Death only touches the body. The person lives on, his memory, his thinking, his being, intact.  Abraham instructed the rich man to remember back over his lifetime when he received the good things and Lazarus the evil things, pointing out how Lazarus was now comforted and the rich man was now in torment. The rich man implored Father Abraham with a voice, a tongue, a mouth and the formulation of words to send the beggar back to his father’s house to warn his five brothers what lay ahead for them if they did not repent of their sins and call upon the Lord to save them before death overtook them, “lest they also come into this place of torment” where he was. Abraham reminded him of the Scriptures which the rich man had neglected during his lifetime, saying they have Moses and the prophets found written in the Old Testament to persuade them of their sin and need for the Savior. The rich man’s love for his brothers that continued on into the life beyond is evident of emotions that will still be a part of one’s being throughout eternity.

The Apostle Paul wrote after his vision of being caught up into the third heaven, “For to me to live is Christ, and to die is gain” (II Corinthians 12; Philippians 1:21). As Stephen received the blows from the stones hurled at him at his death, he was able to say, “Behold, I see the heavens opened, and the Son of man standing on the right hand of God.” Acts 7 continues to record, “Stephen, calling upon God, and saying, Lord Jesus, receive my spirit.”

In the life beyond there is recognition of loved ones and friends, memories remembered, emotions felt, familiar features retained in a spiritual body. In Heaven there is rejoicing around the Throne, worshipping God and saying, “Holy, holy, holy, Lord, God Almighty, which was, and is, and is to come…Thou art worthy, O Lord, to receive glory and honour and power: for Thou has created all things, and for Thy pleasure they are and were created… Worthy is the Lamb that was slain to receive power, and riches, and wisdom, and strength, and honour, and glory, and blessing” (Revelation 4-5).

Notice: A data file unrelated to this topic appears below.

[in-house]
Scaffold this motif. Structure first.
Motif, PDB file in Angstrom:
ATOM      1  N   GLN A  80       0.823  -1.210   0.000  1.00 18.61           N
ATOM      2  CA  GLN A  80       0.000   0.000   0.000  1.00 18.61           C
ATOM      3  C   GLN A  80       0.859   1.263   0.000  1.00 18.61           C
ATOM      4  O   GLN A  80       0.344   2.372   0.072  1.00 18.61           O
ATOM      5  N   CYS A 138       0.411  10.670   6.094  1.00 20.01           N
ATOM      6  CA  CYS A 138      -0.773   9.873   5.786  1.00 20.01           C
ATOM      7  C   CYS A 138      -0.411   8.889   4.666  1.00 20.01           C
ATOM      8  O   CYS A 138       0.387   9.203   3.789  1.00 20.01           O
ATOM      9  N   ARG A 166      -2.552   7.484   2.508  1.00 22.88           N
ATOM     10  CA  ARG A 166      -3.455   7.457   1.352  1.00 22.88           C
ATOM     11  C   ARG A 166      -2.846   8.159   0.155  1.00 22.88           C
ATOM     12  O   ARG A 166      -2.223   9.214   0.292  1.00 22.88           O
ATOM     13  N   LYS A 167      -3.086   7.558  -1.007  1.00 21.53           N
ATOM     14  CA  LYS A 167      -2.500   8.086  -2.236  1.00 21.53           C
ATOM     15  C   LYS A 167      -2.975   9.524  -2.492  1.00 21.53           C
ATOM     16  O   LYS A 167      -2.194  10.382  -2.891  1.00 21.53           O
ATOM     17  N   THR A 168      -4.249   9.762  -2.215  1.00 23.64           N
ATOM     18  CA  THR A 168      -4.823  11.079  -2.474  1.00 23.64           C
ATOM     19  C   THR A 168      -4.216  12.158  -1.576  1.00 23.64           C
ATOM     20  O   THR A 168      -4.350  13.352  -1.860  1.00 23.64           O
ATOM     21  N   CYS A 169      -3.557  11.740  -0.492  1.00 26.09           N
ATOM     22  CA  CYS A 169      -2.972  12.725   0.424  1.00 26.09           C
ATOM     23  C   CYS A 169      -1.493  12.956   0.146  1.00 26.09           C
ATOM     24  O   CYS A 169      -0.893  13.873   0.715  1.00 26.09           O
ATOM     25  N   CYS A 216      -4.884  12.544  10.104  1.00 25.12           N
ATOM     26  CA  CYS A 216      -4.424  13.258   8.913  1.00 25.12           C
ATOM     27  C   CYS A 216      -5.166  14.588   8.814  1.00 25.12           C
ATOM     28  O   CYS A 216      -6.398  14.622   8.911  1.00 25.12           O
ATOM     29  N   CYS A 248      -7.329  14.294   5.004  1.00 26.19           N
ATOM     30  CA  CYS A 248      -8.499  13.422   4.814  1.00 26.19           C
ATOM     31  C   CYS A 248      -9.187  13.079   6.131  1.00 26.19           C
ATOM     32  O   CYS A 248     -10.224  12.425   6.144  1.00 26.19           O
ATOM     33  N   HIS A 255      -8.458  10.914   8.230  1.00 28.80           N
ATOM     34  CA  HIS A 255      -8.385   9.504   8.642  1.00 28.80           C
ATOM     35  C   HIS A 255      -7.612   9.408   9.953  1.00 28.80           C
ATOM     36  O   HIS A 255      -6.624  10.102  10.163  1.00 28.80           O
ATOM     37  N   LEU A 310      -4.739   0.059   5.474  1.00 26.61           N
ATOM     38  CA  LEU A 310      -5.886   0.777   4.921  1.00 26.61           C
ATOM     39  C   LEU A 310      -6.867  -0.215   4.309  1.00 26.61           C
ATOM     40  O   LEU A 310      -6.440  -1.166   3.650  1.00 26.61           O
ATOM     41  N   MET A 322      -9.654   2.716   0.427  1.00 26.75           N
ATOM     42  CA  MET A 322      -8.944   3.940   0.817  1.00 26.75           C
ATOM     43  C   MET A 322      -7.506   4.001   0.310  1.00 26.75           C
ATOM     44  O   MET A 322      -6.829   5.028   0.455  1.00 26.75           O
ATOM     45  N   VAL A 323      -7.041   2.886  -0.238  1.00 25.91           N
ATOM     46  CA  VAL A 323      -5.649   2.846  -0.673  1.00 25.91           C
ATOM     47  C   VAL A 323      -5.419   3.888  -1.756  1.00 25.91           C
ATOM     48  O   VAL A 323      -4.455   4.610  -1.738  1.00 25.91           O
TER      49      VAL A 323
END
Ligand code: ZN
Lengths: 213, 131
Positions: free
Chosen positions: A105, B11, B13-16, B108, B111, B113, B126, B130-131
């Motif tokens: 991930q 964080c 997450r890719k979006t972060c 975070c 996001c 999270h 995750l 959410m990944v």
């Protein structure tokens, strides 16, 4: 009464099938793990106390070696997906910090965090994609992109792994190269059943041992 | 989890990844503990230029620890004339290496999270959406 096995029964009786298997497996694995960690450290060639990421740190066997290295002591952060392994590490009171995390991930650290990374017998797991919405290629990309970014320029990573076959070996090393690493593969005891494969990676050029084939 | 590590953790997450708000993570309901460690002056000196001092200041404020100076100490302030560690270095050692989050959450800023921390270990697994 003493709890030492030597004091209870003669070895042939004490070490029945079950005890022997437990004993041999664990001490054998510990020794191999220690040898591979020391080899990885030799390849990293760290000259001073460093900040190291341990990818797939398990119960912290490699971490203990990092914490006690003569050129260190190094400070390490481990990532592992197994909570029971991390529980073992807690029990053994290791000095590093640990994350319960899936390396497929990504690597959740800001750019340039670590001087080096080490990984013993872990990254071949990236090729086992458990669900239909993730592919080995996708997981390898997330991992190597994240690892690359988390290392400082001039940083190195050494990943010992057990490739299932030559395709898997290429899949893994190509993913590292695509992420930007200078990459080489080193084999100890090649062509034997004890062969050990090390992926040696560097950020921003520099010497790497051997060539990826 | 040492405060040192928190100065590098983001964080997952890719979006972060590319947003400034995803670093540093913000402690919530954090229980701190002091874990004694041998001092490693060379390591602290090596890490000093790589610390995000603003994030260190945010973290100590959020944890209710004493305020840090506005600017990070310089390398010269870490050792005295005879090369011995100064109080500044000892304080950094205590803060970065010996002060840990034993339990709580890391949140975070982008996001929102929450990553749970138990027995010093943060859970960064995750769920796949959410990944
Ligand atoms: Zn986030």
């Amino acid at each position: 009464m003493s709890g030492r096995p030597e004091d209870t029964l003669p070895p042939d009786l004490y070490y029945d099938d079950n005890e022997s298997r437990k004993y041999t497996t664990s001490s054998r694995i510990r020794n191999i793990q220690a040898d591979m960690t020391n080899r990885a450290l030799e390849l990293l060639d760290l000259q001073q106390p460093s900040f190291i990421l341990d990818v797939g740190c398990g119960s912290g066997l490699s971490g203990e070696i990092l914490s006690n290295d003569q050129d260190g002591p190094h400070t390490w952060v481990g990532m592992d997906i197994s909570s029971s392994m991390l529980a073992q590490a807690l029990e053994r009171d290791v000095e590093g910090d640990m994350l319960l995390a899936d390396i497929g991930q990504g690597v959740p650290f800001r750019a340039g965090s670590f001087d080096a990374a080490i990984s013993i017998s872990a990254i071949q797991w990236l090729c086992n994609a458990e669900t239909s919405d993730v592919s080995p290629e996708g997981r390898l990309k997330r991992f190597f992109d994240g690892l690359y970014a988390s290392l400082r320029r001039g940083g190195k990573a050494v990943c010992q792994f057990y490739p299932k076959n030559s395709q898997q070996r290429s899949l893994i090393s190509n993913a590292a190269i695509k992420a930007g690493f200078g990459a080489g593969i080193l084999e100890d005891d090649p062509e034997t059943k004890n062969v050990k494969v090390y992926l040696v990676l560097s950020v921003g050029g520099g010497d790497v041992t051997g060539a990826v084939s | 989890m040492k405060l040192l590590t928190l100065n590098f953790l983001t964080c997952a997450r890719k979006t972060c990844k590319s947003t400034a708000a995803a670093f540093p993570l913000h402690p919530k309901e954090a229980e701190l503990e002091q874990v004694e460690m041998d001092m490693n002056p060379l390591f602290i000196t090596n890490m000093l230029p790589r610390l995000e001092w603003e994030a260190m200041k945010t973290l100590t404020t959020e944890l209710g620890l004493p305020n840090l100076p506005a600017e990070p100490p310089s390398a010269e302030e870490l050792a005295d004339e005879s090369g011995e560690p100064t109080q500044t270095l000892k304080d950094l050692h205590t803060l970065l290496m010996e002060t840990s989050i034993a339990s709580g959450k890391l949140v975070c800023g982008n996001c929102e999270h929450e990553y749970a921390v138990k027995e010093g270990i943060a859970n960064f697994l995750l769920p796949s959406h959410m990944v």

All We Like Sheep

Jesus refers to Himself in Scripture as the Good Shepherd who leads His sheep (John 10). As sheep are commonly considered dumb animals, many characteristics in their behavior give them that connotation. David was a shepherd boy who spent many hours watching them, caring for them, protecting them. It is through his experience with them he penned Psalm 23.

Without a shepherd to lead them to green pastures, sheep will feed upon whatever they can find, including poisonous weeds. They are apt to drink from polluted water when thirsty, picking up internal parasites when not following the shepherd to the still, clean waters. When sheep are “cast down” getting themselves in a position of lying on their backs with their feet in the air unable to roll over and get up, the shepherd is there to restore them back on their feet. Creatures of habit, sheep will follow the same paths causing ruts and overgraze the same pastures turning them into wastelands without a shepherd leading them. It is the shepherd who safely guides the sheep through  mountainous passes where danger and death lurk. It is the shepherd’s rod that disciplines the flock and protects them from wild predators, from which they are defenseless. The staff is used to gently prod the sheep from getting too close to the edge of steep cliffs, keep them together moving in the right direction, and reunite separated lambs with their mothers. It is the shepherd who anoints the heads of the sheep with oil to control the flies which aggravate them. When sheep have good pasture, clean water, no fear of predators, are healthy and feel safe, they are able to lie down and not be in want of anything.

Isaiah wrote “All we like sheep have gone astray; we have turned every one to his own way,” (53:6). The herd mentality of sheep causes them to follow after one another. Without a shepherd to guide them they become scattered and leave the path that has been deemed best to lead them to green pastures, inviting all kinds of disasters upon them. David , with great clarity and an abundance of experience, declared, “The LORD is my shepherd; I shall not want.” To live a life of peace and contentment, and not be led astray by wandering off on another trail, it is imperative to be led “in the paths of righteousness for His Name’s sake.” For it is only then when we walk through the valley of the shadow of death we will fear no evil. His rod and His staff will comfort us.

The Good Shepherd goes before His sheep,

The sheep follow him;

For they know His voice.